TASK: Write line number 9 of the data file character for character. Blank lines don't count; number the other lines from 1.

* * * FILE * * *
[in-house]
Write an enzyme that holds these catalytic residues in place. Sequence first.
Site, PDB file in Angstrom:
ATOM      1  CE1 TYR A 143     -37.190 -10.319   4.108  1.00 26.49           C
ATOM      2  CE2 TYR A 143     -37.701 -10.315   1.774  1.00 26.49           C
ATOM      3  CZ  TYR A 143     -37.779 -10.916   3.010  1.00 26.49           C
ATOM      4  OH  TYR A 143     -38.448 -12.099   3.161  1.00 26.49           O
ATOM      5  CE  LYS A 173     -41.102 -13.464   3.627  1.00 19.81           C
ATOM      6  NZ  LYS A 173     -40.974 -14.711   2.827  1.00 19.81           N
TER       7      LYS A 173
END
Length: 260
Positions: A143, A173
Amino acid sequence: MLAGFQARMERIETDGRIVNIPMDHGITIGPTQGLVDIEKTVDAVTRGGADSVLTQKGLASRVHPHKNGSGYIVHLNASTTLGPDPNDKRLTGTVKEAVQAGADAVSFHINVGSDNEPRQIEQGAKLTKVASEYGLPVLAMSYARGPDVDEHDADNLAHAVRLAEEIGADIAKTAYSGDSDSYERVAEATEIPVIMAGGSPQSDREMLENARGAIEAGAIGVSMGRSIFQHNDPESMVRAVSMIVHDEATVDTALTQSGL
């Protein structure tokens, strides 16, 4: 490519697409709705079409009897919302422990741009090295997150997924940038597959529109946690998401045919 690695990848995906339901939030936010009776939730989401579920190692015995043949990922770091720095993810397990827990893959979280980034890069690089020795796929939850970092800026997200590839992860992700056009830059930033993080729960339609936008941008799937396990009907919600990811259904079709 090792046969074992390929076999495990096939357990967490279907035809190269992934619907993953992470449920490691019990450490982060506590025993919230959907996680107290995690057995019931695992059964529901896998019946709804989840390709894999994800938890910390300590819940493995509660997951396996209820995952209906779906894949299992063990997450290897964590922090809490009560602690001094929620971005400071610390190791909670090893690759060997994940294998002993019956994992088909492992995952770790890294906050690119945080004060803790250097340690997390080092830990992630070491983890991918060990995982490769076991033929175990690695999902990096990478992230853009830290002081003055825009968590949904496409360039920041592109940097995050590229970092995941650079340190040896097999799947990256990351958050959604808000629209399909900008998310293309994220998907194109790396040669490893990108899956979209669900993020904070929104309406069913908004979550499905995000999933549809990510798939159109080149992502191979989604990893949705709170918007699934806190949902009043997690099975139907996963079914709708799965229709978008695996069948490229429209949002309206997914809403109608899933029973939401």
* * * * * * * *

ATOM      6  NZ  LYS A 173     -40.974 -14.711   2.827  1.00 19.81           N